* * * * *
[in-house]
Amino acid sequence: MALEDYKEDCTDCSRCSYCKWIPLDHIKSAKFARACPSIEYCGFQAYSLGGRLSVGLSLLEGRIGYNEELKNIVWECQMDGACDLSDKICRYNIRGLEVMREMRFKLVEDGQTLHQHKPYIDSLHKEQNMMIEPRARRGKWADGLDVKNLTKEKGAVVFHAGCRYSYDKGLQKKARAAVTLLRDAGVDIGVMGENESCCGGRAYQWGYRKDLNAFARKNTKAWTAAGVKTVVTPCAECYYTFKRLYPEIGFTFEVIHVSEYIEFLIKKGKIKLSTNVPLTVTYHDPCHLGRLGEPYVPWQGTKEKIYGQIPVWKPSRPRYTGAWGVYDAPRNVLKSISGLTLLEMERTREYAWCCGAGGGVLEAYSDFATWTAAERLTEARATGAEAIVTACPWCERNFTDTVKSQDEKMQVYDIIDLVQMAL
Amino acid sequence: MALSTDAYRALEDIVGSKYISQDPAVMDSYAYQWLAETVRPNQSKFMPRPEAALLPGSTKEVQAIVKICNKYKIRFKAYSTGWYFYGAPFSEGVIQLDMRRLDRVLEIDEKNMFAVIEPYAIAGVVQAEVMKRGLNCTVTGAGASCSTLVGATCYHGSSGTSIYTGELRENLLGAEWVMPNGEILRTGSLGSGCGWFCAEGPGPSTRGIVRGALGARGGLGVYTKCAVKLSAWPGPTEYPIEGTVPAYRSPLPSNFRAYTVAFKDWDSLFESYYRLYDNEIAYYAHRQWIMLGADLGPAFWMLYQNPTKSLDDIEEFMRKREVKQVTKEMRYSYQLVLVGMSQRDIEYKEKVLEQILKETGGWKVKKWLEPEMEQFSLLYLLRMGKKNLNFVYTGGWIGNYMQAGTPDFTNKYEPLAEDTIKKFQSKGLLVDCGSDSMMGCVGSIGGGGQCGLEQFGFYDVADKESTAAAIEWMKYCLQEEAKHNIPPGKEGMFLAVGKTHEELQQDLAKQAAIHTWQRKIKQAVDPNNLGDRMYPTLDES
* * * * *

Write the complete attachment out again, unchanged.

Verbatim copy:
[in-house]
Amino acid sequence: MALEDYKEDCTDCSRCSYCKWIPLDHIKSAKFARACPSIEYCGFQAYSLGGRLSVGLSLLEGRIGYNEELKNIVWECQMDGACDLSDKICRYNIRGLEVMREMRFKLVEDGQTLHQHKPYIDSLHKEQNMMIEPRARRGKWADGLDVKNLTKEKGAVVFHAGCRYSYDKGLQKKARAAVTLLRDAGVDIGVMGENESCCGGRAYQWGYRKDLNAFARKNTKAWTAAGVKTVVTPCAECYYTFKRLYPEIGFTFEVIHVSEYIEFLIKKGKIKLSTNVPLTVTYHDPCHLGRLGEPYVPWQGTKEKIYGQIPVWKPSRPRYTGAWGVYDAPRNVLKSISGLTLLEMERTREYAWCCGAGGGVLEAYSDFATWTAAERLTEARATGAEAIVTACPWCERNFTDTVKSQDEKMQVYDIIDLVQMAL
Amino acid sequence: MALSTDAYRALEDIVGSKYISQDPAVMDSYAYQWLAETVRPNQSKFMPRPEAALLPGSTKEVQAIVKICNKYKIRFKAYSTGWYFYGAPFSEGVIQLDMRRLDRVLEIDEKNMFAVIEPYAIAGVVQAEVMKRGLNCTVTGAGASCSTLVGATCYHGSSGTSIYTGELRENLLGAEWVMPNGEILRTGSLGSGCGWFCAEGPGPSTRGIVRGALGARGGLGVYTKCAVKLSAWPGPTEYPIEGTVPAYRSPLPSNFRAYTVAFKDWDSLFESYYRLYDNEIAYYAHRQWIMLGADLGPAFWMLYQNPTKSLDDIEEFMRKREVKQVTKEMRYSYQLVLVGMSQRDIEYKEKVLEQILKETGGWKVKKWLEPEMEQFSLLYLLRMGKKNLNFVYTGGWIGNYMQAGTPDFTNKYEPLAEDTIKKFQSKGLLVDCGSDSMMGCVGSIGGGGQCGLEQFGFYDVADKESTAAAIEWMKYCLQEEAKHNIPPGKEGMFLAVGKTHEELQQDLAKQAAIHTWQRKIKQAVDPNNLGDRMYPTLDES